The letter I wrote Lilly first thing after I found out talks to her in the present tense, like she still exists, because she does still exist for me, or she did then. It didn’t feel real at all, then. But now every sentence with her as the subject has to be in the past tense. Or almost every.
The first thing Lucy said when I answered the phone: “Lilly’s dead!” Said, or sobbed. Present tense. Lilly is dead. Lilly is in heaven, or is everywhere, or is a voice in Lucy’s head, or is driving endlessly through the desert, never afraid, always intrigued, potentially, depending on who you ask. Lilly is ash in plastic containers divided among loved ones. Lilly is in one particular container somewhere never far from Lucy, being shaken like a Magic 8-Ball when Lucy wishes she could talk to her sister. These are the only things Lilly can ever be again in the present tense.
Lilly was adventurous, friendly, a liar, a pot stirrer, a goat getter, a drunk dialer, a drunk driver, maybe, a natural talent, the center of attention. Vain. Beautiful. Ridiculous. Gullible. Thought she was fat. Always starting a new life. She was the only person I knew besides my dad who could broil things without burning them. She roasted vegetables wrapped in tinfoil over the campfire. She toasted marshmallows to golden brown perfection, but she didn’t like to eat them. Wasn’t good at hiding her alcohol. Was good at finding other people’s hiding places: geocaches, and before that, Lucy’s piggy banks. I thought she was prettiest when she didn’t have any makeup on. She dyed her hair so many times I could never remember what color it was. Lilly made me feel included. Lilly loved chainsaws, Kenneth, a good time, the desert life. The sound of her own voice. I loved it too. We have to translate the stories we tell about her into the past tense, now, and it takes a conscious effort, and when other people do it, it gives me this lurch in my stomach, like, oh, that is grammatically correct, isn’t it. But it’s wrong in the grammar of my heart.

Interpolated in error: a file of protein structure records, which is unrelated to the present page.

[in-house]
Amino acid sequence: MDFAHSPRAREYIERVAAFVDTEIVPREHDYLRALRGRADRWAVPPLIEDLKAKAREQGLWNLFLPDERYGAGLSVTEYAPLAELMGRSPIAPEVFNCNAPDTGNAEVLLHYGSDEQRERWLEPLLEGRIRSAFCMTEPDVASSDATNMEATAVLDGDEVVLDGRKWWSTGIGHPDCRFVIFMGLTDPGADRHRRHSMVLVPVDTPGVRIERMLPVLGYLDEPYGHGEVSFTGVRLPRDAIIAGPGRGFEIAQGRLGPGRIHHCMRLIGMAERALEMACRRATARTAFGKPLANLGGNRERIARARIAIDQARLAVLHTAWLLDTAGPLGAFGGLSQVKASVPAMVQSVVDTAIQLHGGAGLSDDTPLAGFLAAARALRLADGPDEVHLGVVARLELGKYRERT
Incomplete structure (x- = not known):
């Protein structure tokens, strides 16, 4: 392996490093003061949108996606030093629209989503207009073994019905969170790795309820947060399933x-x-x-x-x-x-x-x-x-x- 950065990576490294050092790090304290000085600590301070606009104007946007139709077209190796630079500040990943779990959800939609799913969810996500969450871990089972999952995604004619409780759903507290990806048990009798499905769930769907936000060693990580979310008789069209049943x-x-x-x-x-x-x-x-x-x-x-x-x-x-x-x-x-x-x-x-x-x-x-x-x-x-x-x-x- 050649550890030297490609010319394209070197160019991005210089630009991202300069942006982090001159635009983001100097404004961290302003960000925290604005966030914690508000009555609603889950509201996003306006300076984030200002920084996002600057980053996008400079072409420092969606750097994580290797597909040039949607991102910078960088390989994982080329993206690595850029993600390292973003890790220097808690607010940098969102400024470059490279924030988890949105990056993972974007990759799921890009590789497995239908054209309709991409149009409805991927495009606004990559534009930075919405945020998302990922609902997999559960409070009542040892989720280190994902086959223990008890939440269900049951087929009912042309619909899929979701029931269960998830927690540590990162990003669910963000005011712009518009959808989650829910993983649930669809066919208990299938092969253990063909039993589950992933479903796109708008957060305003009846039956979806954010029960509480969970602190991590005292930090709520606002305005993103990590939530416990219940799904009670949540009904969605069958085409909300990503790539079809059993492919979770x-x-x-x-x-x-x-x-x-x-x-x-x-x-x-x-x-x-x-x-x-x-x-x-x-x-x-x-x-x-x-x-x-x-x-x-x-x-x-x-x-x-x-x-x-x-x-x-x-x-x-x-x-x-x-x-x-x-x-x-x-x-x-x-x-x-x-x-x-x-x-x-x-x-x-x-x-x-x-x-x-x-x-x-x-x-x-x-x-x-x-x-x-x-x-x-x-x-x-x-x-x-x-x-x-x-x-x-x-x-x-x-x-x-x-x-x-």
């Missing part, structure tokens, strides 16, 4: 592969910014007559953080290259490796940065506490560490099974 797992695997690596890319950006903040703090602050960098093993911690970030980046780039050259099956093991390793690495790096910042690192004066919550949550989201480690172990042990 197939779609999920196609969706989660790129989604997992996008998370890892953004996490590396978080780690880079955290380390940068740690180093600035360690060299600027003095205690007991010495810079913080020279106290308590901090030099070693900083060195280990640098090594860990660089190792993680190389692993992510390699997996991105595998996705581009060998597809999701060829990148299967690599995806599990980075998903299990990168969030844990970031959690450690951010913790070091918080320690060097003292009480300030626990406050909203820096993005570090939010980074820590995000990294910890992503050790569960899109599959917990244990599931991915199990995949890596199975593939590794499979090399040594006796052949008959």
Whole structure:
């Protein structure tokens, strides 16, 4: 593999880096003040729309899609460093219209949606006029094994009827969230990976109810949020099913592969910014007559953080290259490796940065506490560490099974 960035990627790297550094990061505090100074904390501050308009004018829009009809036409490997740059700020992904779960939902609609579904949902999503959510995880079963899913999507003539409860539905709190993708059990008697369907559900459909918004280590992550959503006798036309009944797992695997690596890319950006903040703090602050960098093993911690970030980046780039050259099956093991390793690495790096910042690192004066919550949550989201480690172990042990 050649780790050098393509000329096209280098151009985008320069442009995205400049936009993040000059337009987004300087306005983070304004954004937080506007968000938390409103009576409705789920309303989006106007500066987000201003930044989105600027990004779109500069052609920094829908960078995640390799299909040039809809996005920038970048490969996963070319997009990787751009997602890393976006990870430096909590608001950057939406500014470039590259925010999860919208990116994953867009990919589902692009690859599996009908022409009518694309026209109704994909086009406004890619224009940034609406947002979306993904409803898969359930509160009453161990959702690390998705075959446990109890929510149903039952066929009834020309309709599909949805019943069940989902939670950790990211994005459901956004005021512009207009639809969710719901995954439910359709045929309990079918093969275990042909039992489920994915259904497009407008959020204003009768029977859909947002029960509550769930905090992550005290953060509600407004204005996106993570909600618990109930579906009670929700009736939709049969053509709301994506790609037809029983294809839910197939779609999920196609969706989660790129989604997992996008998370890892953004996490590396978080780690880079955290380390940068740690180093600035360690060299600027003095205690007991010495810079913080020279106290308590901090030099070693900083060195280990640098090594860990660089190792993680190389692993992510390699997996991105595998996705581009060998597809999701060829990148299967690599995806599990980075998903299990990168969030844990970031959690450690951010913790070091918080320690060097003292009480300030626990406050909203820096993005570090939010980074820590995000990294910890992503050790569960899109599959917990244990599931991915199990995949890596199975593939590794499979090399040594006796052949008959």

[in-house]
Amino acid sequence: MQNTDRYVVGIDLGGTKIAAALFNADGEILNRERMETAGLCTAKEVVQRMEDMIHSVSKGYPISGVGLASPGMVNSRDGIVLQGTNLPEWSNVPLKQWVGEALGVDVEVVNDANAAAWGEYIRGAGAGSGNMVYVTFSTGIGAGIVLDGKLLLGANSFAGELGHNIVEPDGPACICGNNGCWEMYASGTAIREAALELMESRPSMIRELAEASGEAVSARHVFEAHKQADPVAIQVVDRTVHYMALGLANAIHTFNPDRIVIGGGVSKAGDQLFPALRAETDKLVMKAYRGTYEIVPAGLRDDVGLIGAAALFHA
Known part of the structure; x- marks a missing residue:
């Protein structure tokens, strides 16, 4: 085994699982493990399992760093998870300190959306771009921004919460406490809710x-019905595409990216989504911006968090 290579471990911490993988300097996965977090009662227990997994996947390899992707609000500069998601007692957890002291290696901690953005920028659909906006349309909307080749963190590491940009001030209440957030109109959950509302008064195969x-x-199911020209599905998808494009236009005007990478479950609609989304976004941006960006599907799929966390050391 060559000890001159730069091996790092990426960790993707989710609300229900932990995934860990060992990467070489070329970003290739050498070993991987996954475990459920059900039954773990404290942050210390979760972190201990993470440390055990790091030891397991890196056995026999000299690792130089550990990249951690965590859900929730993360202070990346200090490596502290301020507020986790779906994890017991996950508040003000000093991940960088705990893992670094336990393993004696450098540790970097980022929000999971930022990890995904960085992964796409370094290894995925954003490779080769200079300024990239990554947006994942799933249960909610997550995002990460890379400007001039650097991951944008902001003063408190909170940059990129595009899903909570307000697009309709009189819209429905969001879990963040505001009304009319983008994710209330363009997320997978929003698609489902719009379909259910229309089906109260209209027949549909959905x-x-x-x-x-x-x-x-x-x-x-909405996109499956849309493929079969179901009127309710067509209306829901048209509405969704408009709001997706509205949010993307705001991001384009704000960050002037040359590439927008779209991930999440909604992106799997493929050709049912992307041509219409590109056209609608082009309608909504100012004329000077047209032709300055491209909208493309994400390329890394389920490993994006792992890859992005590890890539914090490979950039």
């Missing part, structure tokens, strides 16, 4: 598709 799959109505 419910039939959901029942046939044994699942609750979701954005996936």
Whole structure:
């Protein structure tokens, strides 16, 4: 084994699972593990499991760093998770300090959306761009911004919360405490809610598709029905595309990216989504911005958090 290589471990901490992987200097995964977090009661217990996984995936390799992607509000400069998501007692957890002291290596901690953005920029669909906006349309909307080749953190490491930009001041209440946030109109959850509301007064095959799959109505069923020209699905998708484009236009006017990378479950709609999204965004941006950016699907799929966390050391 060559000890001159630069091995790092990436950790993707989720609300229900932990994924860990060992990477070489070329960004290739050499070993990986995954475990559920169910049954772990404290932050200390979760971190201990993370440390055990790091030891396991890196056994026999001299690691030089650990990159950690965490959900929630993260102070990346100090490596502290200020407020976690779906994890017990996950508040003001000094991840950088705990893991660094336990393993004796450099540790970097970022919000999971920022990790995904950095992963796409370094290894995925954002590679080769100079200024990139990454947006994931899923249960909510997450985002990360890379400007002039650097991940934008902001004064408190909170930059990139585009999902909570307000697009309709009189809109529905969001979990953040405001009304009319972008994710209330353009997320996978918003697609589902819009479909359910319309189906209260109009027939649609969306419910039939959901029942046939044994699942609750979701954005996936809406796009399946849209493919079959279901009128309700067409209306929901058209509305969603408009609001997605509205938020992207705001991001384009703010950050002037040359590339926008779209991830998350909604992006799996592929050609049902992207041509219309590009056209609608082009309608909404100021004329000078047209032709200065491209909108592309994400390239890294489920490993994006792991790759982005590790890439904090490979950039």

I think about how I told my mom: “Lilly got killed in a car accident.” I remember in the moment panicking, thinking of the words I’d use to tell her. My letter had been in the present tense, and before that, the words I’d told Ryan with: “Lucy says Lilly’s dead!” Double present tense, double denial. Room left for the chance that it might turn out not to be true. When I told my mom, I think I used the past tense to make it feel real. Got killed. Twice the past tense. Twice as real. I said it instead of “died” or the absurd “passed away” because I wanted to hear the story how I imagined it must have happened: not gentle, not gradual. Full of violence.
Here’s the thing about telling someone that someone died: you kill that person for them. For the first blissful second of her name being said, before the verb comes out and pulls everything crashing down, your brain expects news in the present tense. It’s jarring. Obviously. You just found out someone you care about—or someone who you care about cares about—was deleted from the world. But it’s jarring on a literal, syntactical level. It’s not what your brain expected to hear. It’s wrong.
Meli Ewing is a writer, reader, tea drinker, and adventure-haver in Eugene, Oregon.